Friday, September 28, 2012

Blah Blah Blah!

Paul McCartney is coming to Canada to perform in a couple of concerts. Great news, what? He's one bloke I'd gladly walk many miles in tight shoes to see. But when the nearest venue is over 3200km away from Toronto, even the most die-hard fans of the former Beatle would pack it in, go home and watch videos on youtube. Sure, I could fly to Edmonton or Vancouver-- I'm not ruling that out yet -- but the idea of splurging on a ticket that would put me at the back of a stadium and several thousand heads between me and Paul doesn't seem too appealing. I'd rather put my money on The Chokers winning the T20 world cup, thank you.

I haven't been following the world cup closely, but did India thrash England and advanced only to play Australia, SA and Pakistan? Quite shrewd of England, I say. Got into an argument with a Pakistani at work today and I have fiercely defended India to defeat them this Sunday. I believe India has never lost to Pakistan in a world cup game. Let the history repeat. Last time I had an argument, Germany and my ego took quite a beating. Will I ever learn to keep my mouth shut? :P

Reading "In A Sunburned Country" by Bill Byrson. Just about fifty pages into the book, some of  the prejudices I had against the Aussies disappeared and in their place came respect and admiration for a country that has prospered so well from unpropitious beginnings (don't be surprised if I rooted for Aussies next Ashes :P). Save for the inclination of most men to wearing knee high socks with shorts, nothing seems disagreeable about the aussies. They seem be extroverted, friendly people who love to drink cold deer. I so wanna live in Australia for a year or two. Bill Bryson never fails to amaze. The extravagant amount of research that goes into his writing is quite evident. And he so effortlessly(so it appears) presents them in a way that's amusing, educational and leaves you wondering who could you touch for a loan to book tickets to Australia. I will try to write more about this book when I am finished with it.

I am not trying to be cool or different, but seriously, I don't see why everyone is going ga-ga over Barfee? Definitely not a bad movie, but nowhere close to being called a masterpiece. Call me conceited or judgmental, I lose my interest to watch movies the moment heroines drool over butterflies or fireflies. Why don't we have more characters like Manimegalai from Engeyum Eppothum? On the plus side, Illeana looks stunning. :-D I can't believe she is the same girl who acted in a stupid Tamil movie called K.D.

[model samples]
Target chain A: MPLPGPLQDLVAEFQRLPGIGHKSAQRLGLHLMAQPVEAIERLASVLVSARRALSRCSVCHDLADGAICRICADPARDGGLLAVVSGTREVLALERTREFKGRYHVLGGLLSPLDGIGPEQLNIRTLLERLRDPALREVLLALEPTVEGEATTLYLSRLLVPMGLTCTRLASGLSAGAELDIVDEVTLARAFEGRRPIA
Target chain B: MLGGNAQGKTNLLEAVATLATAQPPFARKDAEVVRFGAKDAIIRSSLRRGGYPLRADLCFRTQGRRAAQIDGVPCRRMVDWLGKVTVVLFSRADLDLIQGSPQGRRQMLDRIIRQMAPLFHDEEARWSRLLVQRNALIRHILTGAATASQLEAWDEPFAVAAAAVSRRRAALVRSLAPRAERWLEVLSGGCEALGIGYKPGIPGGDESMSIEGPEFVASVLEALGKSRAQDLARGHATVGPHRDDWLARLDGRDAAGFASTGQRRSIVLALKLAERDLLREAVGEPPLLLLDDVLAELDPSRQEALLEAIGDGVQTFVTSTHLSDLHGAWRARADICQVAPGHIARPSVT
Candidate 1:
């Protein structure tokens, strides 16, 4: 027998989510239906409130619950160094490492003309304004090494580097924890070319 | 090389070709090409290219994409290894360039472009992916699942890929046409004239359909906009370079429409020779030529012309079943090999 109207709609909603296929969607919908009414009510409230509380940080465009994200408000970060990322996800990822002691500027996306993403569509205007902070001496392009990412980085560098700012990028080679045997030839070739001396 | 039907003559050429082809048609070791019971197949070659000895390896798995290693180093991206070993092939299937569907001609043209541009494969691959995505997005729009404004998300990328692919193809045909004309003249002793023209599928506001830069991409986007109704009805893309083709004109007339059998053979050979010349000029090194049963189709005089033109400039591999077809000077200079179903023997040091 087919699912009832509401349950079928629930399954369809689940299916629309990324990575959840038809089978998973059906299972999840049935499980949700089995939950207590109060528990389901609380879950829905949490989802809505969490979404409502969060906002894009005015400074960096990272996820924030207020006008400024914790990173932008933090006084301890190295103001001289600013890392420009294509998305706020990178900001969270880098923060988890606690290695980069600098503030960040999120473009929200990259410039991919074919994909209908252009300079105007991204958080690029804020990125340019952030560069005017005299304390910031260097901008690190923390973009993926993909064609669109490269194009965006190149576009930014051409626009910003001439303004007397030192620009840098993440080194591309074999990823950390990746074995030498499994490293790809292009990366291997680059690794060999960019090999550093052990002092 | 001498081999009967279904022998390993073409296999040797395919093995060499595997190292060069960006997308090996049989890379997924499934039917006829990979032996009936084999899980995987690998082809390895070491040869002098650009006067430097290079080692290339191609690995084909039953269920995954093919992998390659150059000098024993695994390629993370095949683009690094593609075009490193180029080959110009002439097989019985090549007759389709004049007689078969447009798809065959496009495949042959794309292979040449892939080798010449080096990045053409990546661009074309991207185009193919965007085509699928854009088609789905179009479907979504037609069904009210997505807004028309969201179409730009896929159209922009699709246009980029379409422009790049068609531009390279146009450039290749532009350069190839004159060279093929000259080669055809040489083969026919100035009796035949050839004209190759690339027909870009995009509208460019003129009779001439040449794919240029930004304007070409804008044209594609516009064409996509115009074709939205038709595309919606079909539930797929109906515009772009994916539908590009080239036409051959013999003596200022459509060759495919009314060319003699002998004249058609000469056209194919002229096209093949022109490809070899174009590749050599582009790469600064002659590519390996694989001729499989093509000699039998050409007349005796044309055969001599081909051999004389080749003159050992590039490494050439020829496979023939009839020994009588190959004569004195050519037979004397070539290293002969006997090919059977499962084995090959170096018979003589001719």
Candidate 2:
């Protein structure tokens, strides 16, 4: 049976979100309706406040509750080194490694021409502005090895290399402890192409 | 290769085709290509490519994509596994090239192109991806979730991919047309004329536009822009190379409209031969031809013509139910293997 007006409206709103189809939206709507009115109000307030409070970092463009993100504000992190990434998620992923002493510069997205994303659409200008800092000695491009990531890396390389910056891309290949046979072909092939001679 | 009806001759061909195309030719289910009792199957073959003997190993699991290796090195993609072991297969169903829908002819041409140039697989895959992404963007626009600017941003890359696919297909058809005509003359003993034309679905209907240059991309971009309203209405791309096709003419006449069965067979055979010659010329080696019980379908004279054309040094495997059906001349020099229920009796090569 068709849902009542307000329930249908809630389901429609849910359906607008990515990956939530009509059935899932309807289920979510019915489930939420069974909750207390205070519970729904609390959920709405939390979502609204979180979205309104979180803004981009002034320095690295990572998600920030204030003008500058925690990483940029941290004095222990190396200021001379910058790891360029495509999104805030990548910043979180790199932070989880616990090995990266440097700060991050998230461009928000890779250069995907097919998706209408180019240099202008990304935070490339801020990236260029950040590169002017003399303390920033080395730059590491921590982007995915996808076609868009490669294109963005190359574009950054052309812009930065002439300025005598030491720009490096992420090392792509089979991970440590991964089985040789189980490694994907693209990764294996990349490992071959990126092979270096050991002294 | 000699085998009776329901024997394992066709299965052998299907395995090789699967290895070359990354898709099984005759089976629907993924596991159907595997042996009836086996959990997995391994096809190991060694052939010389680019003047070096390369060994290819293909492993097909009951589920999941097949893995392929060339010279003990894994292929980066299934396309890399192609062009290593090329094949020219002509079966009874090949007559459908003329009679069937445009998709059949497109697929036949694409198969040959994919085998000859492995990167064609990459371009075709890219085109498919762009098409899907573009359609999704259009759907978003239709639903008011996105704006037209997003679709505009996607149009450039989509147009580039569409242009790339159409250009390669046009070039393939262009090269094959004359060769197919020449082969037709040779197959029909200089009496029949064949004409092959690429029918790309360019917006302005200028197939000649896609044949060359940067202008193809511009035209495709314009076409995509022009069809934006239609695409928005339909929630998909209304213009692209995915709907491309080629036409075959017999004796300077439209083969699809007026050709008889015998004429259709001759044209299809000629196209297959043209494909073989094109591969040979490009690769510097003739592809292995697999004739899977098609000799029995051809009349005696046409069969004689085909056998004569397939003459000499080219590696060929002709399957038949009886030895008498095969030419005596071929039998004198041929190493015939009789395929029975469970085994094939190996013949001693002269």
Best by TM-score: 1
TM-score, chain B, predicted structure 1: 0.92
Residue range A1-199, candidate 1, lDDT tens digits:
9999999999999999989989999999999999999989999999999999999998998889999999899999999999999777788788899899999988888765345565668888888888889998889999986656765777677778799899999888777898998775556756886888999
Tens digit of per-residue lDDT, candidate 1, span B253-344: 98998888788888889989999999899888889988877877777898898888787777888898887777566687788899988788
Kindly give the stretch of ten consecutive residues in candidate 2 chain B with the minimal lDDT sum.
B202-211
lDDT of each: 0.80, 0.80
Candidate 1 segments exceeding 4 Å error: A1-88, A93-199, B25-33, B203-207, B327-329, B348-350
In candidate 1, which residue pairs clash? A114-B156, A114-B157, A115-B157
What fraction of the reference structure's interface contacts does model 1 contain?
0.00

So long!

Update: I just got the news that Ilayaraja will be doing a concert in Toronto next month. I know they will charge heaven and earth for a front row seat, but I think I can buy myself a seat somewhere towards the last rows if I sold one of my kidneys, no? :P 

Tuesday, September 18, 2012

Living on the edge


Unclean was the first adjective that one would reach for when describing our house. That spot has now been claimed by the word 'unsafe'. Sadly, the first causality happened to be SV. Poor fellow, it's always him. What happened was this: SR wanted jam, I threw the bottle at him, he did a Kamran Akmal, the bottle crashed and shards of glass scattered all over the living room. According to some statistics that some one with nothing better to do must have surely written, there is a jam bottle breaking down every minute somewhere in the world. No big deal. But what sets us apart is that, instead of cleaning up the mess as most sane persons would do, we drew a map around the danger zone and put up a signpost for our hapless guests. A few minutes later, I spilled some detergent and the danger zone was enlarged. So much that there was no way to reach the kitchen from my bedroom. So I constructed a bridge with two chairs and a table. Perfect. All was well with the world until SV, despite all elaborate warnings, miraculously stepped upon a shard and sustained a minor cut. Luckily, no serious injury, and no veterinarian service was needed. We all survived the day with no further accidents. Tomorrow is a new day. :-)



Wednesday, September 5, 2012

A moment to remember

I remained silent for thirty minutes. If that isn't a sign of a million butterflies doing salsa in my tummy, nothing ever is.

"I need you to be with me through this," I spoke finally.

Same words spoken to a loved one may sound romantic, but when I uttered them to my dive instructor moments before plunging deep into the ocean it was a plea to save my life.

"You are a born swimmer, buddy," Mike assured me. "You know swimming ever before you were born, you know that?"

"May be so, but it all changed after I was born. I am as good a swimmer as a hippo."

He gave me a chuckle and put his arm on my shoulder. I expected he'd say a few encouraging words but he grabbed a hose and deflated my jacket. And that was the beginning of a few wondrous moments that I will always cherish.